Date of Award

December 2022

Document Type


Degree Name

Doctor of Philosophy (PhD)


Aerospace Sciences

First Advisor

Jospeh J. Vacek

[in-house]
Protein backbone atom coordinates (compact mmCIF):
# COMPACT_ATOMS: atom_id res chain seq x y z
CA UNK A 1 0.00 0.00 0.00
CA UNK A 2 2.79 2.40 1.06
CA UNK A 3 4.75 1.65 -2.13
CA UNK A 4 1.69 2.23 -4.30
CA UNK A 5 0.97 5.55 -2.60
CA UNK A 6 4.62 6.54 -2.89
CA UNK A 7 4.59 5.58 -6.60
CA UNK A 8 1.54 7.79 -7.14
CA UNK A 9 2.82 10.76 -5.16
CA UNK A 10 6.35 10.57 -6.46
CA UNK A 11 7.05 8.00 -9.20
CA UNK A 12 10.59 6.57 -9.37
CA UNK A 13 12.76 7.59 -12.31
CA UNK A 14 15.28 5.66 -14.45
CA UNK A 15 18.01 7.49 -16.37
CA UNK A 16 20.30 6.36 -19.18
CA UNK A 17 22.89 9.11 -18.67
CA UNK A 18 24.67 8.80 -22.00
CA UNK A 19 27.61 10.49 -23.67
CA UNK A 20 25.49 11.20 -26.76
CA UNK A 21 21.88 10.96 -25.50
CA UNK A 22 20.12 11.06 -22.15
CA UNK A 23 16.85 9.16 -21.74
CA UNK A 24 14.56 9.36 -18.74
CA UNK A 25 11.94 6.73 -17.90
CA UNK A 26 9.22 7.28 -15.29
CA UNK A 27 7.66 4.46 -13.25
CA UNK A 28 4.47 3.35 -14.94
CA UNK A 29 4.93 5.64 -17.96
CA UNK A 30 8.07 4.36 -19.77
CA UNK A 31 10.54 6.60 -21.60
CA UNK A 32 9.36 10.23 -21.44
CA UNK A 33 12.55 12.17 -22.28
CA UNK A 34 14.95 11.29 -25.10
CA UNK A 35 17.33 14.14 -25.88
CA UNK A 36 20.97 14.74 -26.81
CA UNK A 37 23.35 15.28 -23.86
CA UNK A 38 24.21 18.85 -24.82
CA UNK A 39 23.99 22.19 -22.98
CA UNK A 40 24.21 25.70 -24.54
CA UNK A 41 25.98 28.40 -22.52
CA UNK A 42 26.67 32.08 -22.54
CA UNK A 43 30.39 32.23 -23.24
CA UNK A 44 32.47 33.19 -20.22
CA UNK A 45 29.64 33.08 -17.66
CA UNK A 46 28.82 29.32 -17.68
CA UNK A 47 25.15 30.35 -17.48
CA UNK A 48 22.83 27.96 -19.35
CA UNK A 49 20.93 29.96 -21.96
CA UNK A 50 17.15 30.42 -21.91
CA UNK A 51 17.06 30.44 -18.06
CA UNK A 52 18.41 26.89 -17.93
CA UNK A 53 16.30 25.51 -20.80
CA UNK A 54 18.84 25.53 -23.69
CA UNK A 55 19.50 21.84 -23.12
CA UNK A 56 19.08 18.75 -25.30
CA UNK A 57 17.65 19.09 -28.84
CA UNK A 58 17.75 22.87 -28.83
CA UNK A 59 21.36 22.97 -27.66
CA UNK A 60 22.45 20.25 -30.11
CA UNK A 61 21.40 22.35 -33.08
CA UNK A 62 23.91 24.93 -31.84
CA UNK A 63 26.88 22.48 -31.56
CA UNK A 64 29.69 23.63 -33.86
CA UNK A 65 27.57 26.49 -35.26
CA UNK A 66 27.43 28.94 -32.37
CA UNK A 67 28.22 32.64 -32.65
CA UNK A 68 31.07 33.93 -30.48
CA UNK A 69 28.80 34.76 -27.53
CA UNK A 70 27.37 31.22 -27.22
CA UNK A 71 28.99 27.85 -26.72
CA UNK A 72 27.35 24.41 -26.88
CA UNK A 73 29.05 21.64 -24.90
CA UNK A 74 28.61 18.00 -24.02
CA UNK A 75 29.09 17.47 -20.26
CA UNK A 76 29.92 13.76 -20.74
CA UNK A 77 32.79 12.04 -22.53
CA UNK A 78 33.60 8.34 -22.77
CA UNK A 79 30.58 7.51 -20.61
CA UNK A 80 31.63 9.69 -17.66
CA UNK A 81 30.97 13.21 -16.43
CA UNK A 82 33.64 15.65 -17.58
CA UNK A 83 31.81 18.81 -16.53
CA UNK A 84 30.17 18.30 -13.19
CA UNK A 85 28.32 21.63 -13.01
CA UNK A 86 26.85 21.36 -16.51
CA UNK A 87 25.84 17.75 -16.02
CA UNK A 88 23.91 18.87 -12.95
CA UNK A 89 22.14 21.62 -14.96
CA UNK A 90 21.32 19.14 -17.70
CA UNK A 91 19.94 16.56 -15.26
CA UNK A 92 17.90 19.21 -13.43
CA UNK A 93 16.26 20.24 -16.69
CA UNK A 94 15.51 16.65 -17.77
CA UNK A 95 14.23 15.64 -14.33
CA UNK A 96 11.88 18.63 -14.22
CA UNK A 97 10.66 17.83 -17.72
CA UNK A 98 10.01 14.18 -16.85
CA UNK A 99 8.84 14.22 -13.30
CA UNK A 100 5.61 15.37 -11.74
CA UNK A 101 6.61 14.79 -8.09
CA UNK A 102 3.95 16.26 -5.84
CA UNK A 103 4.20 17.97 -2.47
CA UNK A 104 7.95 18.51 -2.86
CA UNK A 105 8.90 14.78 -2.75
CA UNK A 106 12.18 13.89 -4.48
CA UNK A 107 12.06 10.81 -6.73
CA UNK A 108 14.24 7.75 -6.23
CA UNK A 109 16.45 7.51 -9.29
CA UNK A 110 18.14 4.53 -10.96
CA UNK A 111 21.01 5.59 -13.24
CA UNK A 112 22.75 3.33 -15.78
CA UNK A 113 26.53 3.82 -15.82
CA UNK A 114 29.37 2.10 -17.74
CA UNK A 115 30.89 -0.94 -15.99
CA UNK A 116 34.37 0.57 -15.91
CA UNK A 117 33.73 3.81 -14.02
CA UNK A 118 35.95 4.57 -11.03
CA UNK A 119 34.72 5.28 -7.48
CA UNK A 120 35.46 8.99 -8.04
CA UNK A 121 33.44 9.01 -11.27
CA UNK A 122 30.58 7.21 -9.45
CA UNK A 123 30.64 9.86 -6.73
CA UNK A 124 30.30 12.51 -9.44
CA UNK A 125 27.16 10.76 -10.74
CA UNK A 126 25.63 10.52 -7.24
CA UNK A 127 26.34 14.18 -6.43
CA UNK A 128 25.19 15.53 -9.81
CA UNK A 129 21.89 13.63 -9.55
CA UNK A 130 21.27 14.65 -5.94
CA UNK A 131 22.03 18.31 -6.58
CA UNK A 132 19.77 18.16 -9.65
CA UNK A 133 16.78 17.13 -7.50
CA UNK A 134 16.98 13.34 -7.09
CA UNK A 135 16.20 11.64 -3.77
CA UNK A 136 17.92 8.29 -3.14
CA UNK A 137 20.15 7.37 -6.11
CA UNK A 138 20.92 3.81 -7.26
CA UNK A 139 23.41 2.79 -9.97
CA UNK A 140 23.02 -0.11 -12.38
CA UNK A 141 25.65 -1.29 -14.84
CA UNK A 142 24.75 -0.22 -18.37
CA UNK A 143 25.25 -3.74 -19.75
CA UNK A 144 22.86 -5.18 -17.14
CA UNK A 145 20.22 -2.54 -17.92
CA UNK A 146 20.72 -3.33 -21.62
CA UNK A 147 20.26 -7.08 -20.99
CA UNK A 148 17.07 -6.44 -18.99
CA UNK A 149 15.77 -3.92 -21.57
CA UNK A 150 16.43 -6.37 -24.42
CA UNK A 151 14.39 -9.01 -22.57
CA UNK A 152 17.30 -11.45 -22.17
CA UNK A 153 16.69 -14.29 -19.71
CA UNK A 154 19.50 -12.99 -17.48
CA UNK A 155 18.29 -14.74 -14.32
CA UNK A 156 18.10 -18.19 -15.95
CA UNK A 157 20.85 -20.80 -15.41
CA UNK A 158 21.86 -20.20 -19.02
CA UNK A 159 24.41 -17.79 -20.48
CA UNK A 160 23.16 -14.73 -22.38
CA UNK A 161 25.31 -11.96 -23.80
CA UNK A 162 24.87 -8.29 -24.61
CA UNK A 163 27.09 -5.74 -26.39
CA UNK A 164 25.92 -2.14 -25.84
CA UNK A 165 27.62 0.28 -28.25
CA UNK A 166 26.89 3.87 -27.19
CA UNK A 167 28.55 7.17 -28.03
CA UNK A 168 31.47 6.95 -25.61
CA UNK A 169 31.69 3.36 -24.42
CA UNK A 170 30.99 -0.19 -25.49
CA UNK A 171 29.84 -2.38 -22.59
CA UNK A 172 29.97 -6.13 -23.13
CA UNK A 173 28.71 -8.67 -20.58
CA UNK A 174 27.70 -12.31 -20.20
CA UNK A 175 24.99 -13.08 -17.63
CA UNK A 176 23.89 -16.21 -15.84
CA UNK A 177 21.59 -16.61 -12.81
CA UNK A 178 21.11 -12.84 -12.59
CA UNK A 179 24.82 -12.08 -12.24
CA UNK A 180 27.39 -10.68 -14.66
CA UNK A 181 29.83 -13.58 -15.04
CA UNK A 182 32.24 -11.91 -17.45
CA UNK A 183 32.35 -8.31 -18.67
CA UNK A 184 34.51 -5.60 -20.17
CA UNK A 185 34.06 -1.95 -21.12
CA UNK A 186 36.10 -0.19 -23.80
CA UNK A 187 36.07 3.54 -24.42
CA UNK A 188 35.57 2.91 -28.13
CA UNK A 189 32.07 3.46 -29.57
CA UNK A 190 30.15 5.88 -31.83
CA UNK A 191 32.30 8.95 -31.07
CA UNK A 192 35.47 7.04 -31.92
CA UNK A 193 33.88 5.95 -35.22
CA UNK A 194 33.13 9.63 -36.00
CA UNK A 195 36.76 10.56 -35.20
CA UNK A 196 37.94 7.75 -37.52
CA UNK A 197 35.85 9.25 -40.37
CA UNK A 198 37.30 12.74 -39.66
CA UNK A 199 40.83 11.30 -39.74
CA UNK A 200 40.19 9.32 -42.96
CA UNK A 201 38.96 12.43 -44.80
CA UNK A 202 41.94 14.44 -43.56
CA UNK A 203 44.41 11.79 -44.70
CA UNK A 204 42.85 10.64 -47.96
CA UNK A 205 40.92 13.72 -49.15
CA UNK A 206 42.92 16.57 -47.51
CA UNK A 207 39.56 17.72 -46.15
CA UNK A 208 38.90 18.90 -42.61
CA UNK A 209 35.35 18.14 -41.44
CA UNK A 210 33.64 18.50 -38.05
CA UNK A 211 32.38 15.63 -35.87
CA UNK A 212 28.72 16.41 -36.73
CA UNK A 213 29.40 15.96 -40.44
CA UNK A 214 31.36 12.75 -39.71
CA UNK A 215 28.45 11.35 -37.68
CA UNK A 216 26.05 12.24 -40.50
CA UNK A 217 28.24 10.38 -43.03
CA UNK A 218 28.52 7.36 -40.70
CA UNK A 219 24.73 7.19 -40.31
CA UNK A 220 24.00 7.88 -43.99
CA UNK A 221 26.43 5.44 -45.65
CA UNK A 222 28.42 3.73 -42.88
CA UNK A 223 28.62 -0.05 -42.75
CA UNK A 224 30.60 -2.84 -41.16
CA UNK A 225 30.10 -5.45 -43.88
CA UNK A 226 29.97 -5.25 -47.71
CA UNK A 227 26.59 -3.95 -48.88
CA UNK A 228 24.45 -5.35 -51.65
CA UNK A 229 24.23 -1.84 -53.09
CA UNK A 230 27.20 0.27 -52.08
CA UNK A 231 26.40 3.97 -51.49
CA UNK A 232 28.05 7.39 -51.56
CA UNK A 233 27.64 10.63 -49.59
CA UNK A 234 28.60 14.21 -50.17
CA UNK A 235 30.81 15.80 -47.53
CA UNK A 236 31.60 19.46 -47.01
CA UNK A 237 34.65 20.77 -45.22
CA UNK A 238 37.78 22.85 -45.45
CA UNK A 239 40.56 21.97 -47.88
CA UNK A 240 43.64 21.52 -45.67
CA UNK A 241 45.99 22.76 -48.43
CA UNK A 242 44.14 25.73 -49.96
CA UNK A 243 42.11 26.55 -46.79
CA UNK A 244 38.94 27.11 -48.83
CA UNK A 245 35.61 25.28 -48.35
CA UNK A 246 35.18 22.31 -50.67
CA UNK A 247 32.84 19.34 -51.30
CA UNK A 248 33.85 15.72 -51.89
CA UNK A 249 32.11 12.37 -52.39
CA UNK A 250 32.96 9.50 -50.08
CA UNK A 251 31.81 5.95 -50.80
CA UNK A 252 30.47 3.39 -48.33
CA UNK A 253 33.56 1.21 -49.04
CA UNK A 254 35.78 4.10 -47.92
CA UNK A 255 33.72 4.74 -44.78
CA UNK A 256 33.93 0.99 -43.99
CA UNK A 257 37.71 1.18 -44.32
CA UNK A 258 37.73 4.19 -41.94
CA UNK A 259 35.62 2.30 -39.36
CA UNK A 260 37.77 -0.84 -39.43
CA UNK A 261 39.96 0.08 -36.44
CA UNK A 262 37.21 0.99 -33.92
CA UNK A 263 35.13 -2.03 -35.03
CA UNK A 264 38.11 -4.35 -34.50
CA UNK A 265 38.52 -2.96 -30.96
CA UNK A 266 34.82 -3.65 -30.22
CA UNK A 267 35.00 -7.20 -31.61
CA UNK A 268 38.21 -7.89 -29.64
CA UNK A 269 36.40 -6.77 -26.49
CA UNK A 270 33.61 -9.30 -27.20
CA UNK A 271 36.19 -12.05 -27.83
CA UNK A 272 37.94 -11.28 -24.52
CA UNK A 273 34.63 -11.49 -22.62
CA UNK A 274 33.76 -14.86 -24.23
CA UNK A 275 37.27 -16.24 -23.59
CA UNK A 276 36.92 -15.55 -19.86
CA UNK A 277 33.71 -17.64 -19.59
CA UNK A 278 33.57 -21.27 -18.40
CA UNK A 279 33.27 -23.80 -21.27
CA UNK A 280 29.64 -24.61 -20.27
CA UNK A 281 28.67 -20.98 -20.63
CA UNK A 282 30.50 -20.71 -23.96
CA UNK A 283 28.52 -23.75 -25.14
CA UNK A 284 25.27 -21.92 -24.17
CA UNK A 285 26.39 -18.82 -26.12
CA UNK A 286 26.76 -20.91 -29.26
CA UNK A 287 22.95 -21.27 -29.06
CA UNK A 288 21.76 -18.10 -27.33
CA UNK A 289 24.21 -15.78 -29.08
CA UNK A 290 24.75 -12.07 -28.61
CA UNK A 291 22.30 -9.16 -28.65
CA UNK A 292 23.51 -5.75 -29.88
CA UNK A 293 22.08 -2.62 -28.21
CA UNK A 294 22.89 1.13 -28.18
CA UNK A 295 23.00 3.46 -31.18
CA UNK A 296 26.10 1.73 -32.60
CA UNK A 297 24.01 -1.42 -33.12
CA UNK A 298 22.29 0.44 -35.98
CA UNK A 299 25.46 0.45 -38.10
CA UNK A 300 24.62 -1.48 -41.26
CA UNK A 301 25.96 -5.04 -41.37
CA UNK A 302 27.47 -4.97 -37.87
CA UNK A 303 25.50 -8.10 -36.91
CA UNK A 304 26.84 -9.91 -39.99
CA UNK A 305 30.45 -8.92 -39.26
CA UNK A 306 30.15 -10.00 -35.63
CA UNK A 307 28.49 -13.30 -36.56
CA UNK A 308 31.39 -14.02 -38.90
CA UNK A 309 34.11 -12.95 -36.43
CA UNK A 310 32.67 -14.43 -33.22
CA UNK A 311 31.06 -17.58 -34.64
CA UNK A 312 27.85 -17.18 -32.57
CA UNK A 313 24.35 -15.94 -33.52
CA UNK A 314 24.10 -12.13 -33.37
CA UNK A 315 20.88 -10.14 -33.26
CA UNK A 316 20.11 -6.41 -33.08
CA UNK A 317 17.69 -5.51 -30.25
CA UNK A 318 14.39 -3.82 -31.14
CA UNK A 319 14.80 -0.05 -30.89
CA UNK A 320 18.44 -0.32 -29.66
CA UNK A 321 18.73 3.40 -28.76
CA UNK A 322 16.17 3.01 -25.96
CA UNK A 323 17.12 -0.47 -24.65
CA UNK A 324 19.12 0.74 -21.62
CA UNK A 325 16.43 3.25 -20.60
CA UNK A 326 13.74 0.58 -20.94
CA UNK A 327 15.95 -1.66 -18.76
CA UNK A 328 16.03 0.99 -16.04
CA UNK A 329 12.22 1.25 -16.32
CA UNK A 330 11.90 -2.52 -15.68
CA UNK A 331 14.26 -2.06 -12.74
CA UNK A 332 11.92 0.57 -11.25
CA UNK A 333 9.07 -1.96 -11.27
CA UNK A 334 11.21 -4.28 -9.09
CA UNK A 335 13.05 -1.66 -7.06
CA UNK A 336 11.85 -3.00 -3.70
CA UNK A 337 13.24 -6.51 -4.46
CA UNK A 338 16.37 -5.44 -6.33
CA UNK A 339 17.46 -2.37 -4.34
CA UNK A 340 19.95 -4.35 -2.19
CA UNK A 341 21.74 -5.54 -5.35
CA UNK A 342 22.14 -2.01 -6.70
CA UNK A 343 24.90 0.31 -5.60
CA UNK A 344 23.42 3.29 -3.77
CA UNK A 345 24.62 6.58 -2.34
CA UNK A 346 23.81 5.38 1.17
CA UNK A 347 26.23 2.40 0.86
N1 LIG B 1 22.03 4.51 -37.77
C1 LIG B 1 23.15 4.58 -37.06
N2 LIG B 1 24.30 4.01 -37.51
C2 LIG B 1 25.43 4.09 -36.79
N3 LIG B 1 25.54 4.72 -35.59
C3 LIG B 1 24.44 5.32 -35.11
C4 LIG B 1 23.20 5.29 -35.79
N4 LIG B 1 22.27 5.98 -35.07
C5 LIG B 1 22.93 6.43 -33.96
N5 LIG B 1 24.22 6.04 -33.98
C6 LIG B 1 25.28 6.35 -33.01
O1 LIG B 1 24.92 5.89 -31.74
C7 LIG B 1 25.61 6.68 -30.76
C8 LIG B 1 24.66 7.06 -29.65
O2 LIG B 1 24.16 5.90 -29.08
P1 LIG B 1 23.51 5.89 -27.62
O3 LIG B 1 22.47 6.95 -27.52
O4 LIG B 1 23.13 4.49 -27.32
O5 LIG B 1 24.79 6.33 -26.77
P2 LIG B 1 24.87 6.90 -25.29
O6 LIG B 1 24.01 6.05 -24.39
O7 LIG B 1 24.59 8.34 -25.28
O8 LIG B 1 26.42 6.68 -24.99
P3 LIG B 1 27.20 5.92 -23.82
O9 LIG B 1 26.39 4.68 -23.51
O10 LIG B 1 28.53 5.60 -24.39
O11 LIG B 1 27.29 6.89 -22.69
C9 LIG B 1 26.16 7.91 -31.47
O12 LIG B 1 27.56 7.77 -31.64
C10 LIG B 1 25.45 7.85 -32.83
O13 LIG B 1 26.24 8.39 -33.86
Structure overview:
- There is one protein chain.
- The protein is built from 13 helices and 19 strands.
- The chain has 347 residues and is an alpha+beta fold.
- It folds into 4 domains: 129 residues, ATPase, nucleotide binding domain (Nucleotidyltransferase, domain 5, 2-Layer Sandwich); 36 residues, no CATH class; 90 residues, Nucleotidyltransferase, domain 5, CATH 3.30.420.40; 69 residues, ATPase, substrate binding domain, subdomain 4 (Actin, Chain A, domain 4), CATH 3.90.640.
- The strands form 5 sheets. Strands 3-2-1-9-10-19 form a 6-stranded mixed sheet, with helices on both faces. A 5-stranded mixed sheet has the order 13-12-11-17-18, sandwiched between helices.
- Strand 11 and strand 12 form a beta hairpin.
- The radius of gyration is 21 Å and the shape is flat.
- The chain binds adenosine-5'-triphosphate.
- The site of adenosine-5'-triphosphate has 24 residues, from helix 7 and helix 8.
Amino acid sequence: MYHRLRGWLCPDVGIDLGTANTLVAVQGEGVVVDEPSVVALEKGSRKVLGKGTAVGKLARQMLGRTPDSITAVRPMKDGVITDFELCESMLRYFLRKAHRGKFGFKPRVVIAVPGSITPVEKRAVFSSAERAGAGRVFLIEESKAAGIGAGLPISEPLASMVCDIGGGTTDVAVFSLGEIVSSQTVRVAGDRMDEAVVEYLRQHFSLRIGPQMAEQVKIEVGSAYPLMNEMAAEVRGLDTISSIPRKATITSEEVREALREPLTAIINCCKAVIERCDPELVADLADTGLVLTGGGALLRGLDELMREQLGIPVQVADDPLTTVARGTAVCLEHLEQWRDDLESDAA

This grounded theory study explores the handling qualities of an autonomous, large UAS based upon semi-structured interviews with eleven MQ-4C Triton air vehicle operators (AVO). Through inquiry into the tasks and difficulties experienced during operation of Triton, themes regarding the role of the AVO, the role of the automation, and the role of the interface were developed using the constant comparative method. Interconnections between the developed themes led to theory about the applicability of the handling quality framework to autonomous UAS, the tasks performed by the AVO, the human factors applied to AVO, and the relationship of the AVO to the UAS. Results showed that the command responsibilities and principles of human factors are little changed from piloted aircraft. However, the flying qualities and tasks required by the operator were seen to be significantly different, resulting in the system traits of intuitiveness, predictability, and flexibility as drivers for operator evaluation of the system. Ultimately the change to handling qualities characteristics suggests that the approach to system design for autonomous UAS should frame the interaction between the AVO and UAS as one of teamwork, which includes consideration of trust in the interaction.